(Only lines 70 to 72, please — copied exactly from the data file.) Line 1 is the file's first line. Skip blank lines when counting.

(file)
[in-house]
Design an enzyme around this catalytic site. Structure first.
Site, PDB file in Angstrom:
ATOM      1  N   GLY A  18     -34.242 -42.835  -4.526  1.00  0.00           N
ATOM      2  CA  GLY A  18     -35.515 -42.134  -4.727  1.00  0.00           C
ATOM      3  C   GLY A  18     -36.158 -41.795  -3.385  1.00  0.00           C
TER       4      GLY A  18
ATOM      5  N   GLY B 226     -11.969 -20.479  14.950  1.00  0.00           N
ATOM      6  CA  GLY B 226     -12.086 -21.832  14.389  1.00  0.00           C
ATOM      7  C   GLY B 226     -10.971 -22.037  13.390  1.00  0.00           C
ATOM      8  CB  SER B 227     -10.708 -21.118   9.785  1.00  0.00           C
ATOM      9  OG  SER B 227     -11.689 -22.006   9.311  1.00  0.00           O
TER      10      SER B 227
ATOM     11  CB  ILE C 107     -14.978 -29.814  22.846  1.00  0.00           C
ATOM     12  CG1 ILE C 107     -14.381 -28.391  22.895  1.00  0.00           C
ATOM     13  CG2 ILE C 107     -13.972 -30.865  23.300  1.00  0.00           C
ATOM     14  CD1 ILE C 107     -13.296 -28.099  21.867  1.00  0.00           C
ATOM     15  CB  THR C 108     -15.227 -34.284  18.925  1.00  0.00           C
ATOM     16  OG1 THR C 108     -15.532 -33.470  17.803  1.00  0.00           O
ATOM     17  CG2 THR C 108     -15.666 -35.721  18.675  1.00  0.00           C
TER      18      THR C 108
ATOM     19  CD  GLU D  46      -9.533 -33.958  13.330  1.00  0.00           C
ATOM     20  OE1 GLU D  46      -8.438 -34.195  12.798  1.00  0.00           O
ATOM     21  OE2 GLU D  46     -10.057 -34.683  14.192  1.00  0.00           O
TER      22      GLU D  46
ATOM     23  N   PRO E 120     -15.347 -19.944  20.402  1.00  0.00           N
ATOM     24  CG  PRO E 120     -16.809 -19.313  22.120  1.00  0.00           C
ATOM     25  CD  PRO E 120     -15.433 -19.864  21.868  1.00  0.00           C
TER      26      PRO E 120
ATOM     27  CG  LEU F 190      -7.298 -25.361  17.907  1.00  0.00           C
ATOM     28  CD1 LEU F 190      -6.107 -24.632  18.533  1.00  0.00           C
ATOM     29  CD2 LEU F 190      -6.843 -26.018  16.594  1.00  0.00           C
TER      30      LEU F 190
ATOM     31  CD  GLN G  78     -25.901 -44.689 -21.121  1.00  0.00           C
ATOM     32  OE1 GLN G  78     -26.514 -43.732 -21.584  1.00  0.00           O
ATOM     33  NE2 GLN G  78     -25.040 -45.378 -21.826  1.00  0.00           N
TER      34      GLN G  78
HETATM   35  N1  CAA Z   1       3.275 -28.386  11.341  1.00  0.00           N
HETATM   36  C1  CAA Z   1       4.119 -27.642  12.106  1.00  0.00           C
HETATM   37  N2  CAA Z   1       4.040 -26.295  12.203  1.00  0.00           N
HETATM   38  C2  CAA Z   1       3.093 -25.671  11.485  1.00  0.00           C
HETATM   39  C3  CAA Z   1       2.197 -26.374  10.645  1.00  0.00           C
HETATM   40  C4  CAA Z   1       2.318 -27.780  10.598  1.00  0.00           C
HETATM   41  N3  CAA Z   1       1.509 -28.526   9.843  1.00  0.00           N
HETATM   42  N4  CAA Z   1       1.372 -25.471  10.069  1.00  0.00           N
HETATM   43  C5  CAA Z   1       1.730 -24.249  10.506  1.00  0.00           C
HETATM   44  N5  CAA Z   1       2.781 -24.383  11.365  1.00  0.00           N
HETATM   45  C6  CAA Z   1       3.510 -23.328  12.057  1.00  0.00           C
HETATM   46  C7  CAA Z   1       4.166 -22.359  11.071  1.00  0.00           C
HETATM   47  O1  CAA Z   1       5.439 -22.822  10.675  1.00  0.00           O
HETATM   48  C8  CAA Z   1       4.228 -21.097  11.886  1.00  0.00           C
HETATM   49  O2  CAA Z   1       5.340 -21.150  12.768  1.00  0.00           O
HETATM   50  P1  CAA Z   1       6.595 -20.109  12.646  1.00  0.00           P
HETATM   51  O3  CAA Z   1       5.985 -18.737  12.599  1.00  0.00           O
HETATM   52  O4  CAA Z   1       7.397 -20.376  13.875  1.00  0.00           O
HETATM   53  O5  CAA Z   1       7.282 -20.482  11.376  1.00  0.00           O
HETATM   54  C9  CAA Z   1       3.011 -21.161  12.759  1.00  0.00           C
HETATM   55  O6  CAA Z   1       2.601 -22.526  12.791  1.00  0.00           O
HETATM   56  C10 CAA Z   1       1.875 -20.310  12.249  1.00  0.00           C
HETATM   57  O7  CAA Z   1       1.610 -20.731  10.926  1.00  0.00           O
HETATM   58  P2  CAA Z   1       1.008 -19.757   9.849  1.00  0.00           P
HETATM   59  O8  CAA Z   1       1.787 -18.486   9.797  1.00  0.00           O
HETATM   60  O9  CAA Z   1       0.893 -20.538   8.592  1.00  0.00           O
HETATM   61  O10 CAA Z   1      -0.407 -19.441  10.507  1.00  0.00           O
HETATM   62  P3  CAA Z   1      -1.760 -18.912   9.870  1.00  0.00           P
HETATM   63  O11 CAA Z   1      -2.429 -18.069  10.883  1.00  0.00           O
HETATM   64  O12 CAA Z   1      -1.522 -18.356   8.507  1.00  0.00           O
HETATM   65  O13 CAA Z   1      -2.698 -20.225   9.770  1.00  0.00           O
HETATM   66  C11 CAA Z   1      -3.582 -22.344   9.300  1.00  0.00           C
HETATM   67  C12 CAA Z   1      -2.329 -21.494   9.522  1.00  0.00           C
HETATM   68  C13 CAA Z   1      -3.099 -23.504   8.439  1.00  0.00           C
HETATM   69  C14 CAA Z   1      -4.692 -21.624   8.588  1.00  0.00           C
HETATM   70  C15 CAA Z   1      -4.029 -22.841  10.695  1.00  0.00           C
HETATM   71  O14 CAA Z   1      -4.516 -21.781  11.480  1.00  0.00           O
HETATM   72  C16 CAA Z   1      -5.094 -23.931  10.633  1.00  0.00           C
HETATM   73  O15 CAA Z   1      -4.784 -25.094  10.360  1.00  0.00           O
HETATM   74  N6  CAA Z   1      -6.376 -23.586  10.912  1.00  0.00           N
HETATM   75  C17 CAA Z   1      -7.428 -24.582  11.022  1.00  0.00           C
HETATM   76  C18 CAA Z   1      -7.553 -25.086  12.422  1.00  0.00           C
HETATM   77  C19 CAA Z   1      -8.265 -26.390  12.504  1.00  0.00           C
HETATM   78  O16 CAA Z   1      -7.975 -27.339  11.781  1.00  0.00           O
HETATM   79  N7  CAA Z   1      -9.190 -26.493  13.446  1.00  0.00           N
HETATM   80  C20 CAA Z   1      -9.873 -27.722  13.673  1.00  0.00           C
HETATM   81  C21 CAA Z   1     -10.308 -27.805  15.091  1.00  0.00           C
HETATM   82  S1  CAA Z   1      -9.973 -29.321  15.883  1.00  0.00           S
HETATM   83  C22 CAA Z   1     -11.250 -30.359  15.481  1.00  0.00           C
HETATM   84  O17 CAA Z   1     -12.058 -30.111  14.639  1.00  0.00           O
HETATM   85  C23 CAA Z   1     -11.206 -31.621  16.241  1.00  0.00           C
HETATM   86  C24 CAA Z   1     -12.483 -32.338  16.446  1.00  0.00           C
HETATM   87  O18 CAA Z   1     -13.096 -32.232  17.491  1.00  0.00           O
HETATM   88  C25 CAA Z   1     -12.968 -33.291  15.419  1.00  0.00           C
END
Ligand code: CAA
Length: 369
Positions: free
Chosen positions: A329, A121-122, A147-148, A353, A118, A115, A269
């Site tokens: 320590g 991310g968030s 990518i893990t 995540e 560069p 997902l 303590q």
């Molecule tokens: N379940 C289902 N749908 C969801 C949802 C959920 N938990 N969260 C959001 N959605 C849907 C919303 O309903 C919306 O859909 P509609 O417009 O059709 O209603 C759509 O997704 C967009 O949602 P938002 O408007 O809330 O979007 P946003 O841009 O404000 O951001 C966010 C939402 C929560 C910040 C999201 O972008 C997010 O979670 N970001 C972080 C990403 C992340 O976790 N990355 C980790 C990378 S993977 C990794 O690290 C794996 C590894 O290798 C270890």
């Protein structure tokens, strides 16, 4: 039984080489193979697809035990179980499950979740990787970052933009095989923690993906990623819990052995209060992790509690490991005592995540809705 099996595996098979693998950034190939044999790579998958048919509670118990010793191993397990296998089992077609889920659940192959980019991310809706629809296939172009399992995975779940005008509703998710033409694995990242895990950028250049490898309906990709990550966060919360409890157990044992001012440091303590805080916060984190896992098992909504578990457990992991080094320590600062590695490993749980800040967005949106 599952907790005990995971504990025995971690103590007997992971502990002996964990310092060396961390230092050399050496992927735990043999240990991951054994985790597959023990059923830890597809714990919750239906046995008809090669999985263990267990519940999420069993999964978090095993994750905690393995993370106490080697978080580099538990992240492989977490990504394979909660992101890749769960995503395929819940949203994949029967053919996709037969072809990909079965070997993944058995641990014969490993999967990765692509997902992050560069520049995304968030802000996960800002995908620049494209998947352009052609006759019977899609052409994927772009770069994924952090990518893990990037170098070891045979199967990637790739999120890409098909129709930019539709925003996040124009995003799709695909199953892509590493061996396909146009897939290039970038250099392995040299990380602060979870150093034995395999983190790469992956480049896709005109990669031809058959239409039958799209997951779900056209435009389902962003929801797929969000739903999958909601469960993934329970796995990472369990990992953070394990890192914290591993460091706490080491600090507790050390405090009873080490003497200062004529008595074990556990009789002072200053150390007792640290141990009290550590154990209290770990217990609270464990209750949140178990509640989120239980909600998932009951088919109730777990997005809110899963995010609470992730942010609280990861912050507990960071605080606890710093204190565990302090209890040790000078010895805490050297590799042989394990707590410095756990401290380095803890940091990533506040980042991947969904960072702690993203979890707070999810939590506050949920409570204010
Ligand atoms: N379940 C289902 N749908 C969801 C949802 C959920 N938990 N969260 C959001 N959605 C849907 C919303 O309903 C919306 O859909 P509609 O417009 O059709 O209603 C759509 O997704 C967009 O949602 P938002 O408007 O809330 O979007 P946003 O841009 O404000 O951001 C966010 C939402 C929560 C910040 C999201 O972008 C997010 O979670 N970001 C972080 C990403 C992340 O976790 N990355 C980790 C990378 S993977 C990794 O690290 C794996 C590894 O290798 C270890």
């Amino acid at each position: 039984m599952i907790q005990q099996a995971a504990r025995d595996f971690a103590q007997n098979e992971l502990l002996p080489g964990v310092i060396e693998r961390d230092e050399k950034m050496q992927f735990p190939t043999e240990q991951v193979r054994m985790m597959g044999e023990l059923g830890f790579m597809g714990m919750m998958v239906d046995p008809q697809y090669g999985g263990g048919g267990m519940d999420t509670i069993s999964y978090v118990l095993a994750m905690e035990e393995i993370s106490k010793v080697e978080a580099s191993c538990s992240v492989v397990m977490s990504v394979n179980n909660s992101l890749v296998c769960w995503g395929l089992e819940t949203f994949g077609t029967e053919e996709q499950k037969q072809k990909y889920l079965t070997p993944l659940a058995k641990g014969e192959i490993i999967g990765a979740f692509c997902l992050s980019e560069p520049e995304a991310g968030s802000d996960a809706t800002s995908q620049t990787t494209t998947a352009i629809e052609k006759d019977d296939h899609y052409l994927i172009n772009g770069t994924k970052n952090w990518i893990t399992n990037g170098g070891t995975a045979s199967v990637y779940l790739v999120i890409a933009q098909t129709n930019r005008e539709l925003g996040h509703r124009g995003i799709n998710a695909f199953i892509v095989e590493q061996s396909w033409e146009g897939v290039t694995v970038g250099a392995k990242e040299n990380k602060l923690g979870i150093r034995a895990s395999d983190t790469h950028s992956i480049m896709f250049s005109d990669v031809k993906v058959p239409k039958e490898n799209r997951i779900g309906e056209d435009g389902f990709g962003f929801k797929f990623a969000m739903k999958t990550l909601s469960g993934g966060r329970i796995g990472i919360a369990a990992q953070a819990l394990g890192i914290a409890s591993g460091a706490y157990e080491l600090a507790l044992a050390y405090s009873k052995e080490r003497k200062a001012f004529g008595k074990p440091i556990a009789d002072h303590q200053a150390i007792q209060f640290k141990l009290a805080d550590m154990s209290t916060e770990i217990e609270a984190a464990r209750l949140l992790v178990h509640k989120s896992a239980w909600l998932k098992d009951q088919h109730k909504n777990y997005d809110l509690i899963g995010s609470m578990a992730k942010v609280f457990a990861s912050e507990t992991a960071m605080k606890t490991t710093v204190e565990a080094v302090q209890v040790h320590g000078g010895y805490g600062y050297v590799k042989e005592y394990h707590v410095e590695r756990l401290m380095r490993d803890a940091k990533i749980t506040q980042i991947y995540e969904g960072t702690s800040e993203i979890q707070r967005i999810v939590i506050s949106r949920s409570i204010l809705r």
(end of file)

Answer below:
HETATM   67  C12 CAA Z   1      -2.329 -21.494   9.522  1.00  0.00           C
HETATM   68  C13 CAA Z   1      -3.099 -23.504   8.439  1.00  0.00           C
HETATM   69  C14 CAA Z   1      -4.692 -21.624   8.588  1.00  0.00           C